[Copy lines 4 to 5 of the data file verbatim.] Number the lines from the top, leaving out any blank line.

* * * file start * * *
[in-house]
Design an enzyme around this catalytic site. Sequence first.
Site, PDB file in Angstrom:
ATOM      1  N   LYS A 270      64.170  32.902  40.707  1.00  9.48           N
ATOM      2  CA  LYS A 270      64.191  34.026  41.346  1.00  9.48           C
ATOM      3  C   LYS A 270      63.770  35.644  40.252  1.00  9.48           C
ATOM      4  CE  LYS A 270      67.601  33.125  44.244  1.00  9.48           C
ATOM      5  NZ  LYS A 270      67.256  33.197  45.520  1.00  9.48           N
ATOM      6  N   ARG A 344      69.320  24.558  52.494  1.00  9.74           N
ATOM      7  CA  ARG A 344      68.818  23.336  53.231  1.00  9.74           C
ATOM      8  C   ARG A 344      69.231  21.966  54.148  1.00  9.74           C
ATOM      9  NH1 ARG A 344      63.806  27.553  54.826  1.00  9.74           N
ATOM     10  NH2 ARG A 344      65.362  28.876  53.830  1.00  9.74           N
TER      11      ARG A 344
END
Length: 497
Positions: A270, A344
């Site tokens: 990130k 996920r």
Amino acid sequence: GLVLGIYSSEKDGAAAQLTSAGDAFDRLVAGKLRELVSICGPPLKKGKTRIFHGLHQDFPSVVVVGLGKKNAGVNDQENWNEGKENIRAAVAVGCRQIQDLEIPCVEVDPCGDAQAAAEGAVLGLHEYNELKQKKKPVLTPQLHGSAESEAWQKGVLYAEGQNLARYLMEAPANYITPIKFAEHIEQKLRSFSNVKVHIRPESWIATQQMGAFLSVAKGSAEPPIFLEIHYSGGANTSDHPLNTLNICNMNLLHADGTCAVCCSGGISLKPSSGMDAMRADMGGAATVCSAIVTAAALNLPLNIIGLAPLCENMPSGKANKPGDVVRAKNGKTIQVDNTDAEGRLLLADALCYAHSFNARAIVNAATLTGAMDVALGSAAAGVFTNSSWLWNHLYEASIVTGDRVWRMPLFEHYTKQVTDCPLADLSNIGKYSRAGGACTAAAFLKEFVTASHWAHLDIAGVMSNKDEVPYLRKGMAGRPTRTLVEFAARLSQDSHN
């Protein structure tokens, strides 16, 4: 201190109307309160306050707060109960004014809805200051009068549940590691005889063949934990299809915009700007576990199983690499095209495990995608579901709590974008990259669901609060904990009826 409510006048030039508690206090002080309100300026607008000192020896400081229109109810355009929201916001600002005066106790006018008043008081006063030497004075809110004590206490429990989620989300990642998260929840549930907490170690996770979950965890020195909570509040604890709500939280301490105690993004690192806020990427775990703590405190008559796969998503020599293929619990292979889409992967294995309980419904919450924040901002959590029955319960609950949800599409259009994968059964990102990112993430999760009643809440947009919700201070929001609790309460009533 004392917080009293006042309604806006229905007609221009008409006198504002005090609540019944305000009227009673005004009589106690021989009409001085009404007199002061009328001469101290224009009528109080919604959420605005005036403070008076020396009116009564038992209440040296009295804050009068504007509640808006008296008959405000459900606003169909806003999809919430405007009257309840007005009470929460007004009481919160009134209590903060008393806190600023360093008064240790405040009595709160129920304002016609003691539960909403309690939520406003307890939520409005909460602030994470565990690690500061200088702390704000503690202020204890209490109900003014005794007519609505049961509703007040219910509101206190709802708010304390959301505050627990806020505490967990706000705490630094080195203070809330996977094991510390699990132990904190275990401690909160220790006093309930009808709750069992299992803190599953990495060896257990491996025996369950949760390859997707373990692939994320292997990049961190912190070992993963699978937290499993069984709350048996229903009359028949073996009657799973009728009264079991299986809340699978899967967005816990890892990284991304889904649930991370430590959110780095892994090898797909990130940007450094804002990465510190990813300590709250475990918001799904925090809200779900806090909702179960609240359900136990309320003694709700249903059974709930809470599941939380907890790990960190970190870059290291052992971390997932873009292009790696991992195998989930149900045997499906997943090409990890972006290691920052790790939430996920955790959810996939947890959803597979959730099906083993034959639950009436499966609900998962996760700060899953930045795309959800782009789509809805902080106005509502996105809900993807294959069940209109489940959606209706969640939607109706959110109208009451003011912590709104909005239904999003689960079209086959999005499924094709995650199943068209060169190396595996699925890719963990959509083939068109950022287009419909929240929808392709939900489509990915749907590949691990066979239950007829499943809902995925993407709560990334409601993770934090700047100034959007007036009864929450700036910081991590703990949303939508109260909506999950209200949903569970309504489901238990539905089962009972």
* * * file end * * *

ATOM      1  N   LYS A 270      64.170  32.902  40.707  1.00  9.48           N
ATOM      2  CA  LYS A 270      64.191  34.026  41.346  1.00  9.48           C